B. Conservative & Cash Flowing Commercial Real Estate: Most families of significant wealth separate this from the wealth advisor above and like to own assets more directly than is possible when only allocating to the public vehicles often offered by wealth advisors or outsourced CIOs. In this area, many families buy some properties that are small or local directly using a property manager to oversee those assets. They then get to know and allocate through 5–10 investment firm boutiques, which allows them to select deals on a deal-by-deal basis so they have transparency on exactly what deals their capital is going into. This segment is also served by real estate investment funds, but many families do like to invest deal by deal first while they are building trust with an investment manager. The result is typically a focus on just one to three cash-flowing real estate asset types diversified across regions and sponsors. This results in having various levels of control, transparency, fees, and flexibility on what levels of debt you apply to properties in your portfolio. This segment is typically seen as a vehicle through which to grow net worth steadily over time while producing income and is viewed as a conservative portion of the portfolio and very long-term minded.


C. One to Two Niche Industry-Focused Investments: This segment is where most families retain the most control in house as they typically created their wealth in this space they are reinvesting in. It is their reputation, knowledge advantage, distribution advantage, or assets still in place that allow them to move more swiftly through valuation, due diligence, and opportunity sourcing stages of investing. Families invest in this area as they have high conviction that they are superior managers of these asset types against competitors and they have proven that to date. This is typically the most aggressive portion of a family’s portfolio. We have found families can use help in originating deal flow in these areas and working with other like-minded families as well as some help with structuring deals, but otherwise it is an area where they enjoy maintaining a lot of control. You can see from the descriptions above that A typically leverages others in almost everything, B has some outsourced investments and some managed in house or selected directly at least, and then bucket C is where families typically outsource the least. This is different for each family, and areas of focus will be different per family, but this approach helps provide a framework of discussion on where to focus the most energy internally.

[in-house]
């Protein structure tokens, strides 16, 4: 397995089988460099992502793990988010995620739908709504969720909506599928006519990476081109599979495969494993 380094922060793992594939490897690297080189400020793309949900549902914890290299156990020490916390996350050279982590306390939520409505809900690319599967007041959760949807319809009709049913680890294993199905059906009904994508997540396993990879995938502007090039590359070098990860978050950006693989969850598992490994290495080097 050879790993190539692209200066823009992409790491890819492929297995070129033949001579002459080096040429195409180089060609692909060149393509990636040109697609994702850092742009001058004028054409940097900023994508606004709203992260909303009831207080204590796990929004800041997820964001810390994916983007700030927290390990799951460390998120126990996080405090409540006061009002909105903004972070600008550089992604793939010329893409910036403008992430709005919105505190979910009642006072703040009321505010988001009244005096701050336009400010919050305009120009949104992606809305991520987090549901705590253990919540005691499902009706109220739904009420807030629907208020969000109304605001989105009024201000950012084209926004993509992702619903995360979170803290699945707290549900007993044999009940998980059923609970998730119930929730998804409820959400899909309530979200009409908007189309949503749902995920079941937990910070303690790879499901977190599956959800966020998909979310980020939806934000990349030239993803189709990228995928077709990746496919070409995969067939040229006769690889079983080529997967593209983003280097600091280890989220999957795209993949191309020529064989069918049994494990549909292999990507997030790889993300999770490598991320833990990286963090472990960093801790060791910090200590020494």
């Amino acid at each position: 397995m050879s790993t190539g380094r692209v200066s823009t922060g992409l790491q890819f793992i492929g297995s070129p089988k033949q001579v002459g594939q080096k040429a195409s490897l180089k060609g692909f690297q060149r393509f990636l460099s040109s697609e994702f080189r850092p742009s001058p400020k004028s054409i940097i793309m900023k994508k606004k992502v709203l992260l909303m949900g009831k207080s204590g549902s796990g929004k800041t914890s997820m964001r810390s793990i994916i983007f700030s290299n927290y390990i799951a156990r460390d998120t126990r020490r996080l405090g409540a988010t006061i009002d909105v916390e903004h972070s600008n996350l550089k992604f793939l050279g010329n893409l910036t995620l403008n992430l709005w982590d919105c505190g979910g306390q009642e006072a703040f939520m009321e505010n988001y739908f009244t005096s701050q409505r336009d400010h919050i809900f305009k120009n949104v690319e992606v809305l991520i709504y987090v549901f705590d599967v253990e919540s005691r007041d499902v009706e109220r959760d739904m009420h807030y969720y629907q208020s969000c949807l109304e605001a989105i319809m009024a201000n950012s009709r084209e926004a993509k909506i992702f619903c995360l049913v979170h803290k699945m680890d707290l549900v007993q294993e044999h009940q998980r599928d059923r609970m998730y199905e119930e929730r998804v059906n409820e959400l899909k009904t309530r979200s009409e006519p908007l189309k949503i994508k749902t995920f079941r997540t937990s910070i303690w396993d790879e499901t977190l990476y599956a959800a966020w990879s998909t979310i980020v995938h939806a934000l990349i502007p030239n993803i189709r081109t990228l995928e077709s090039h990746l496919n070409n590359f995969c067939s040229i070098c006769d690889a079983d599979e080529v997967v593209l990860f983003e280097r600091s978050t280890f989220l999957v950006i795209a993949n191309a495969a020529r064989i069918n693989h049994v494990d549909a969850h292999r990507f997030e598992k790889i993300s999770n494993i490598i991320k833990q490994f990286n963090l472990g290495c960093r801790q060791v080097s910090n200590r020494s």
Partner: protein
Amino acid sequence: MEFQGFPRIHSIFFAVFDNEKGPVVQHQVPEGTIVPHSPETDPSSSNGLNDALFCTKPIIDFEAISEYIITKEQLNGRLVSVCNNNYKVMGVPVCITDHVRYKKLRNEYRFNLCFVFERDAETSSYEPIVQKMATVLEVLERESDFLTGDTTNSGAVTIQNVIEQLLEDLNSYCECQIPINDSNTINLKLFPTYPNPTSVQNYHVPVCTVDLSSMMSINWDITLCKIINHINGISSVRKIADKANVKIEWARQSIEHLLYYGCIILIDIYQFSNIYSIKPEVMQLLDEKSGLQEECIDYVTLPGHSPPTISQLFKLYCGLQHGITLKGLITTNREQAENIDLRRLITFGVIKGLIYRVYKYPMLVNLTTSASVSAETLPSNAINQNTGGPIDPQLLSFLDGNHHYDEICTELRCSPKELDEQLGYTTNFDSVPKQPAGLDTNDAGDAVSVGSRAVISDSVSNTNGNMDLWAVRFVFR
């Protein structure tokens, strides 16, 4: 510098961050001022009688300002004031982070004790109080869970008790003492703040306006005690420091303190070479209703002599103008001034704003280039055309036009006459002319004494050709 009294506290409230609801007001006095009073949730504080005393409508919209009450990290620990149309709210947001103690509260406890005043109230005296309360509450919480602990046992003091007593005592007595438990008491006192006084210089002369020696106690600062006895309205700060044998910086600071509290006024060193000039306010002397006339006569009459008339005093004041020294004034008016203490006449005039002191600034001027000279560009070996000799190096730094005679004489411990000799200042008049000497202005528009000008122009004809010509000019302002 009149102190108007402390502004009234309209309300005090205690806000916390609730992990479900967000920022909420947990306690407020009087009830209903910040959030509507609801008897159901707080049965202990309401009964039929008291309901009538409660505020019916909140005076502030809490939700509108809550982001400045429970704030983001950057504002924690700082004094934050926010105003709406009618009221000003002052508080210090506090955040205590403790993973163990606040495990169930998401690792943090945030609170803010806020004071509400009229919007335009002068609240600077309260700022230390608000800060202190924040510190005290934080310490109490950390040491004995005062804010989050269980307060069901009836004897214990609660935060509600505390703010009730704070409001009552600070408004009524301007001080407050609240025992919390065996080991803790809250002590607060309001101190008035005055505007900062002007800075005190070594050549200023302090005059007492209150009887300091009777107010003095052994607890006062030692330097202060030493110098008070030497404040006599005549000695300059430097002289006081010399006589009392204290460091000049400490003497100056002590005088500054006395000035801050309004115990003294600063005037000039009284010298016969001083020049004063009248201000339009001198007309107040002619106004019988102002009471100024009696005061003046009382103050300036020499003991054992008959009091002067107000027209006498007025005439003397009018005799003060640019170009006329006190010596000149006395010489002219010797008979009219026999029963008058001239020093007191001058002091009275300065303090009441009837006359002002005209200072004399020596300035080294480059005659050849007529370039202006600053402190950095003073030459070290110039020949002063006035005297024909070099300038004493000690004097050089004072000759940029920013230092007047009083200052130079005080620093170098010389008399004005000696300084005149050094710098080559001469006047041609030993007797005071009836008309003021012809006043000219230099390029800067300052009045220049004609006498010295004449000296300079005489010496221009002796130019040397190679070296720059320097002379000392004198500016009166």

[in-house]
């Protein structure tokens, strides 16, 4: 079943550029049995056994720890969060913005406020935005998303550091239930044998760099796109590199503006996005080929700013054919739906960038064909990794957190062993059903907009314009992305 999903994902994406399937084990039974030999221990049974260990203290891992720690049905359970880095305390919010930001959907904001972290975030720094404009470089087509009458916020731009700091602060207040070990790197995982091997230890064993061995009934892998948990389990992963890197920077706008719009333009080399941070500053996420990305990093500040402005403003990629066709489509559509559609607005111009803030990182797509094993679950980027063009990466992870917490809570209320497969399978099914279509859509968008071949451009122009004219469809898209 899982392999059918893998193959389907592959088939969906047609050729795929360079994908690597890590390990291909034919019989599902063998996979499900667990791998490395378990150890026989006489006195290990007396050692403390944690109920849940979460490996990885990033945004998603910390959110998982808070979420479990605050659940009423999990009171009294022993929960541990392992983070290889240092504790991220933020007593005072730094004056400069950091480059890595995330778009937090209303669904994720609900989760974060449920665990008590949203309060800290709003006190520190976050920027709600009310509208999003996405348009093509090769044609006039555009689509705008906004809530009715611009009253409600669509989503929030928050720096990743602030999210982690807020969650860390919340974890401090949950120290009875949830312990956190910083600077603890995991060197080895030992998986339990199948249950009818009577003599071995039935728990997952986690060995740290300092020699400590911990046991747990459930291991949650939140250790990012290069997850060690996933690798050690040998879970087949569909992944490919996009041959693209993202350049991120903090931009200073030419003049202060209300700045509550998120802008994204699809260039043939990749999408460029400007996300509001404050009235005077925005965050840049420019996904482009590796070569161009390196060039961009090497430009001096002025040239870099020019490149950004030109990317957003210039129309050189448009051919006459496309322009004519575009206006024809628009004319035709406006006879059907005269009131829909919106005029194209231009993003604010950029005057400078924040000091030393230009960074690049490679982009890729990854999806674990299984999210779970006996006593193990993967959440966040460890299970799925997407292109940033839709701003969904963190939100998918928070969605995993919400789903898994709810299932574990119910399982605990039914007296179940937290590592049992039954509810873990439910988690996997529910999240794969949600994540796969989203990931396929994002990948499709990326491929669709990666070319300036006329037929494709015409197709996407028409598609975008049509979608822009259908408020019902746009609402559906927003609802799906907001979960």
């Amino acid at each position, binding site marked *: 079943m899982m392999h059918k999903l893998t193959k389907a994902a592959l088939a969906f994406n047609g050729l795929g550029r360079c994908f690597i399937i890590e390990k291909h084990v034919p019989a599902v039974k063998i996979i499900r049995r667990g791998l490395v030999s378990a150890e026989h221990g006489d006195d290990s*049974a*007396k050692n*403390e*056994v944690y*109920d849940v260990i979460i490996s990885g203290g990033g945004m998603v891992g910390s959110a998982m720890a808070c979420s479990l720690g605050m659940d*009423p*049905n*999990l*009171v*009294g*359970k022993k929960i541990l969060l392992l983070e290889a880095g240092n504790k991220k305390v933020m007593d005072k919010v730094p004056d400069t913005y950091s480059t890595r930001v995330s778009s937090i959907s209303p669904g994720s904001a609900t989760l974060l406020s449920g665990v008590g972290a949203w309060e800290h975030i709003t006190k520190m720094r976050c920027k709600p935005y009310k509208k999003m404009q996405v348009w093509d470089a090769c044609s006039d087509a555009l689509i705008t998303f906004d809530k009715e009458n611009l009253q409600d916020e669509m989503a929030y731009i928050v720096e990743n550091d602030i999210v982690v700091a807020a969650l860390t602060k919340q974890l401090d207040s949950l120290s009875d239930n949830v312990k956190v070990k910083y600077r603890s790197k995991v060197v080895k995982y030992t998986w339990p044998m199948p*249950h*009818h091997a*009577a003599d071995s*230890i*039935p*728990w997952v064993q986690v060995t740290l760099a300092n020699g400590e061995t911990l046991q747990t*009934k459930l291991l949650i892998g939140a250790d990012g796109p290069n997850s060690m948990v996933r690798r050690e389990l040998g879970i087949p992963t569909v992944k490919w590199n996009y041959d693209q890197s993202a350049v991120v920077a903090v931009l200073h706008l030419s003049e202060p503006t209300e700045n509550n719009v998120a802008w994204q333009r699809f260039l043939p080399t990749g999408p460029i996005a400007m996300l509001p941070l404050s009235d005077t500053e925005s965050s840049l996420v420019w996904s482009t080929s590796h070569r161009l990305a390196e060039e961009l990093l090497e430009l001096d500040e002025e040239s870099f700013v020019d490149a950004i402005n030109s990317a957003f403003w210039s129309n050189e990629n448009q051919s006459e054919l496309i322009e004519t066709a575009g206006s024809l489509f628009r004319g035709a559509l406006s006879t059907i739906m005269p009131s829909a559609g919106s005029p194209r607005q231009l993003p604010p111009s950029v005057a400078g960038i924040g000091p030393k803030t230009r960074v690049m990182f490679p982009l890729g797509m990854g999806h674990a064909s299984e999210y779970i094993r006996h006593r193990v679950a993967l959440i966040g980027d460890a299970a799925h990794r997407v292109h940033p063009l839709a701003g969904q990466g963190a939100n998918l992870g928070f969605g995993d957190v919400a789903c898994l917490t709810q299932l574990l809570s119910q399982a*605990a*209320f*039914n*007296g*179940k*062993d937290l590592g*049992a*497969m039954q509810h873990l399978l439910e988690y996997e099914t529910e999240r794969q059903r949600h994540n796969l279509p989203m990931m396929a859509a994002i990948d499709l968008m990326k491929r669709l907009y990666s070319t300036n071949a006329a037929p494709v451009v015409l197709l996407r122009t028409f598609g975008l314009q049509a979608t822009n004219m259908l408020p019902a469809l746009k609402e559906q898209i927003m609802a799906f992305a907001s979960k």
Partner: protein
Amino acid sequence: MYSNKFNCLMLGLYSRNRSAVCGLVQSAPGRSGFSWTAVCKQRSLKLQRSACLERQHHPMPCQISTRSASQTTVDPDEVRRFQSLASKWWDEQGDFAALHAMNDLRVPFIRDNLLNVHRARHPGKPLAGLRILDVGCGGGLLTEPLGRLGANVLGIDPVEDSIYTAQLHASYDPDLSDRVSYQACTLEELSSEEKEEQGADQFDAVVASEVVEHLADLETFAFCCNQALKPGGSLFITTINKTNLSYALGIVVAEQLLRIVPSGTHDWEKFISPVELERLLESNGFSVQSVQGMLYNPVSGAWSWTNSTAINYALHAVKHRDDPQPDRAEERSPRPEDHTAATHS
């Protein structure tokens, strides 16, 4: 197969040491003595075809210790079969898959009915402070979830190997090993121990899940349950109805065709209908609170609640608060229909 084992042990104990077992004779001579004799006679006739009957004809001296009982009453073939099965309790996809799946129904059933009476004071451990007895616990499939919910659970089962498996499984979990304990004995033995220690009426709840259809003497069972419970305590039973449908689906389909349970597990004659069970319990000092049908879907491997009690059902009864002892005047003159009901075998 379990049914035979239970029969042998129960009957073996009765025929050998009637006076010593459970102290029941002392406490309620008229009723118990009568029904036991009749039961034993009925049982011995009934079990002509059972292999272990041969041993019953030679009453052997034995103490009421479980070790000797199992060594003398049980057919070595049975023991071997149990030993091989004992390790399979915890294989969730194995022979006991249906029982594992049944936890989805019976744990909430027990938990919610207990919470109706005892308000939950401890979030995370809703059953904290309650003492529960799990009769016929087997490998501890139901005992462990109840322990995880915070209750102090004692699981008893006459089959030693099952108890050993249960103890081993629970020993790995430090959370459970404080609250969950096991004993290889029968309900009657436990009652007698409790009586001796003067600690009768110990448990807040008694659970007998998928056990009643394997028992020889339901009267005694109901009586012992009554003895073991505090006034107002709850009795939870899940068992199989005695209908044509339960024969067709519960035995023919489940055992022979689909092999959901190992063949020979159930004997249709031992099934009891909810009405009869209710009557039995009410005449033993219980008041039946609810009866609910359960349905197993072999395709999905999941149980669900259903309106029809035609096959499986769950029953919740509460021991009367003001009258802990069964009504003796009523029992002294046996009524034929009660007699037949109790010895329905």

One truth I have found is that not all deal flow is created equal, and nobody wants just lots of investment pitches of any quality or location. Everyone wants more highly focused and qualified deal flow. All else being equal, if your family is seeing 50 deals per year, then you may only be focusing on the top 10% of those deals— the top five for any sort of due diligence or serious consideration. Imagine, however, if you were seeing 300 deals per year. You could focus just on the top 2% and be conducting due diligence on six deals a year perhaps. As long as the quality of those investment opportunities stays high and as focused if not more focused, then your chances of finding an anomaly among the deals available is greater.   EG